The opposite motivation is love. Some people homeschool because they believe they have a gift to give their children which the world cannot give them. They want to share this gift of life with their children, in the hopes that their children will then go out and share that gift with the world. So they allow their children to ask questions, even challenging or disrespectful sounding questions. They allow their children opportunities to learn from anyone and everyone who has something good, true or beautiful to offer. Perhaps most importantly of all, they allow their children room to make mistakes. They do not try to shelter them from the responsibility to make their own choices, they do not prevent them from meeting people who think differently. They are available to answer questions and aware of the questions that their children are asking, but they are willing to be pushed aside, ignored or not listened to. They applaud the good, no matter how immature it might be, without ever condoning or encouraging that immaturity. These parents are humble enough to realize that they are not in control. They are simply tools in the hands of God, so they can make themselves available but not grasp at control when things don't go the way they planned.
This is the pattern throughout life. The slightest good attempted by the grace of God, even if it "fails" by our standards, is of more value than any amount of evil avoided. Remember the parable of the talents (Matthew 25:14-29), and tremble if you were given great gifts. Tremble, but rejoice, for you have been given the opportunity to do great good. Invest everything you have and everything you are in the mission that excites your heart and sets it on fire. Do not fear the naysayers, whether they wish you well or ill. Listen to their fears, and recognize them as fears. Take whatever truth they offer, and let their fears pass you by.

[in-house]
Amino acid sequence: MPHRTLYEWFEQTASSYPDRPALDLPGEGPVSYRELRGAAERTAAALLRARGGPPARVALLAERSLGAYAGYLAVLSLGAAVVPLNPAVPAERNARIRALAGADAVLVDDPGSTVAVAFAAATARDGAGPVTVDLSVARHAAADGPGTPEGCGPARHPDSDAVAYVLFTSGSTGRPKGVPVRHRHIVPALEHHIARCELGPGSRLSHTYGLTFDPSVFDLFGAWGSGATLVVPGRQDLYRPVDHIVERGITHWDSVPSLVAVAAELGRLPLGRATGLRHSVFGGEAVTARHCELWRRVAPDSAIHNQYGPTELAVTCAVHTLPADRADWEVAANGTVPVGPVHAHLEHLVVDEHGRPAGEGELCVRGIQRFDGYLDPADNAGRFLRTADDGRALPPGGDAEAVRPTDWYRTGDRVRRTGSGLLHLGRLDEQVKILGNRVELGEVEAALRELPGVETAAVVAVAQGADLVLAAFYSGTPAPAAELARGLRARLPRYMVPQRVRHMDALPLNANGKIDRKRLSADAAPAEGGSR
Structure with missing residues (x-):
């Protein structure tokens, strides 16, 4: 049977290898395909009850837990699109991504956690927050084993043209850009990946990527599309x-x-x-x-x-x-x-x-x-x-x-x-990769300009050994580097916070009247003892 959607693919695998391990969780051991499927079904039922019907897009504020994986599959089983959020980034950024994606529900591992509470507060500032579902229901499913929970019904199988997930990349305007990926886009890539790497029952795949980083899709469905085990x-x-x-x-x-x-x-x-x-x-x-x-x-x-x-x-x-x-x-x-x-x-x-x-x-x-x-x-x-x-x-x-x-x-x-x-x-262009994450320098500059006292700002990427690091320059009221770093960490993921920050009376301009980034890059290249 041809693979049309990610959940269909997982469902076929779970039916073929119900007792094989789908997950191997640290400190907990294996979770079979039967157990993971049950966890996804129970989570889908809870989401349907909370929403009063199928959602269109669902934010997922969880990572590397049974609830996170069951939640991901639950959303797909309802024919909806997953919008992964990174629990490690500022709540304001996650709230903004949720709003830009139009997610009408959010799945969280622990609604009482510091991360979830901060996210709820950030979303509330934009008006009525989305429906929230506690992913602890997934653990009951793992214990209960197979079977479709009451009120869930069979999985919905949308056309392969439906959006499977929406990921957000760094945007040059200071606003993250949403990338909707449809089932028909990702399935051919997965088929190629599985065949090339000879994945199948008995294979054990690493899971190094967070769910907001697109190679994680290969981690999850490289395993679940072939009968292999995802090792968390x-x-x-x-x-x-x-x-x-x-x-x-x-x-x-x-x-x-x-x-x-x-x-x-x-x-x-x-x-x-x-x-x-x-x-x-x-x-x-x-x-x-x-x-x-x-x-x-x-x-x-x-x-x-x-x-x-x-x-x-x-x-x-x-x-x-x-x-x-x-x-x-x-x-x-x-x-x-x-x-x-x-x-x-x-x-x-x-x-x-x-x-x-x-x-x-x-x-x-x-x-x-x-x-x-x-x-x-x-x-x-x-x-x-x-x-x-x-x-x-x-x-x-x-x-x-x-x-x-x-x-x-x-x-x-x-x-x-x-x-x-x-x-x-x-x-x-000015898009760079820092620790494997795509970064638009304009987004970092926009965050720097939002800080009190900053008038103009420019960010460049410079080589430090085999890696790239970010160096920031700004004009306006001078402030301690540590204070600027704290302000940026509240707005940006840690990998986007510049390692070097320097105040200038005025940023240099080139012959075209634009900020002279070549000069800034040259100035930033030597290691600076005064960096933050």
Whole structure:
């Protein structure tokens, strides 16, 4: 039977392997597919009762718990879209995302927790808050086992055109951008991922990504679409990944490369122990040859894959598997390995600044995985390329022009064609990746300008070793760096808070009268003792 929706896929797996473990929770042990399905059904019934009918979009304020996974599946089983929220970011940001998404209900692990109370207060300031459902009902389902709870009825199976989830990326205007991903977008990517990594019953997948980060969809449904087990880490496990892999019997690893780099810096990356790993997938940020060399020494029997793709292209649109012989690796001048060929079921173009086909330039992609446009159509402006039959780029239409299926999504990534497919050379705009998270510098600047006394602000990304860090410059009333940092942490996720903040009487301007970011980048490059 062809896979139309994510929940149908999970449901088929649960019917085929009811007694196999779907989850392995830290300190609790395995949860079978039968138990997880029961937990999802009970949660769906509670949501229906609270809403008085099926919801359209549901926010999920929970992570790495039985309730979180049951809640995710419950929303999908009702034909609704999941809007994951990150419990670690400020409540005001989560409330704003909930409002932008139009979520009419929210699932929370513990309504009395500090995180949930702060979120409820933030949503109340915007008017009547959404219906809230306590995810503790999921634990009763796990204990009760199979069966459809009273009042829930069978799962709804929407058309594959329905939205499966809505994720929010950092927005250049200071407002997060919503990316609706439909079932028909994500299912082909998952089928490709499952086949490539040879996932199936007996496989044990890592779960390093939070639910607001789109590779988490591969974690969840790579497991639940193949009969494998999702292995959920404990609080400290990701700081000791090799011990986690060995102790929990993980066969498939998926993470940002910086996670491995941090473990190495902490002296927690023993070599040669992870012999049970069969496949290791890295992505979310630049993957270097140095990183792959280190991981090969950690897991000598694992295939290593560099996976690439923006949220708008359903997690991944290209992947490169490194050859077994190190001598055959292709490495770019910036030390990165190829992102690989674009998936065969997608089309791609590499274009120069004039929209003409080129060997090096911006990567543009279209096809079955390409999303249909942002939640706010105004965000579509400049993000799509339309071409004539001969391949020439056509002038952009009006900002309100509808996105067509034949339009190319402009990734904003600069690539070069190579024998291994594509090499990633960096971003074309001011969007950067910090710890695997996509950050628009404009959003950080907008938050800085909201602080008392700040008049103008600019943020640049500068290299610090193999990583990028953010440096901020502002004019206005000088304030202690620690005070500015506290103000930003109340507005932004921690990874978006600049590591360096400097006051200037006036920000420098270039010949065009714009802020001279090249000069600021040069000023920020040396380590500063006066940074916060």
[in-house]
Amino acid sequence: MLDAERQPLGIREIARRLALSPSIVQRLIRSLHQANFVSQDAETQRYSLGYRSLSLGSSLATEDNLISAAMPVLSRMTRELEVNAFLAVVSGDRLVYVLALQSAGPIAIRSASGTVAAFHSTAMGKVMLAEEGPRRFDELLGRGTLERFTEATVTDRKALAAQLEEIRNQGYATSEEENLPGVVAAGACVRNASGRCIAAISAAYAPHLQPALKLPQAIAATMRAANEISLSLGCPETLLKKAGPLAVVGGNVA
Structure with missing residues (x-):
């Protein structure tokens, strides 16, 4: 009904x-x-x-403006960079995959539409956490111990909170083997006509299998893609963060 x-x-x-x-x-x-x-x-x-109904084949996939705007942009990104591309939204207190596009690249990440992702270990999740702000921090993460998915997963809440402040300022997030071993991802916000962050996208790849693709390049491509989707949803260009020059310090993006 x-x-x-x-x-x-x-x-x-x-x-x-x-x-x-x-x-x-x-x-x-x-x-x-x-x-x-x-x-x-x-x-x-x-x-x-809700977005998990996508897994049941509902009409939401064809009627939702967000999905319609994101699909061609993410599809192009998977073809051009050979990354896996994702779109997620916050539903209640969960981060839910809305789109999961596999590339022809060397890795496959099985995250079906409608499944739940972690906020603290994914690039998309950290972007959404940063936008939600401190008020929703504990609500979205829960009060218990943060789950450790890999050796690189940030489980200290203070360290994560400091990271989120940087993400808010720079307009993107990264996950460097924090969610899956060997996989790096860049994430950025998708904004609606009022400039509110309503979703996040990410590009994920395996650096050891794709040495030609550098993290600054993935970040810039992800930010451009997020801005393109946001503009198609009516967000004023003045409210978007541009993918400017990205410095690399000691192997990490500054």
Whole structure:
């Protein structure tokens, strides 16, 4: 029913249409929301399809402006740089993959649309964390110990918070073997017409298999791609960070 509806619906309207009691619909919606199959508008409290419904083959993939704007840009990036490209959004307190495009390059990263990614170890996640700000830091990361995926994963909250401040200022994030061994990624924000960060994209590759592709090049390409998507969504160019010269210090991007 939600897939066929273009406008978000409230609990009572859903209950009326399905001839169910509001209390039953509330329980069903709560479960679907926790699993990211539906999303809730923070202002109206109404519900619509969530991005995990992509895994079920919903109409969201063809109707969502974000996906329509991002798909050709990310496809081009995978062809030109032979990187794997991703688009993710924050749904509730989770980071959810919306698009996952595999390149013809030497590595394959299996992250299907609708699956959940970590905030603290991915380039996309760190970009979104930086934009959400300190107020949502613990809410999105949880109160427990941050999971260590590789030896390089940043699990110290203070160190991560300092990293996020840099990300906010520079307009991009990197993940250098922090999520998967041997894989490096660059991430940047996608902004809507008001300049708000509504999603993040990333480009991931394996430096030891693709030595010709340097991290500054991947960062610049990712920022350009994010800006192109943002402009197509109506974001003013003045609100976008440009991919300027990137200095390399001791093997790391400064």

For we were not given a spirit of slavery to fear, but a Spirit of adoption by which we cry Abba! Father!
Fear not! He has conquered the world. He who is in us is stronger than he who is in the world.
* For the purpose of this blog I have artificially separated and contrasted the two motivations, but in real life they are never that simple. There are very, very few people in the world who are completely motivated by love and never by fear. There are some people who are motivated almost entirely by fear, but I hope not very many. There is a little bit of love in everyone, just a little spark of fearlessness. So don't expect to see real human beings entirely in one camp or another, and don't expect to see homeschooling families entirely in one camp or another either. The distinction is meant to enable us to see which direction we ought to be going. When we start using it as a set of boxes to stick our fellow Christians in, then I think it has become a trap and should be discarded.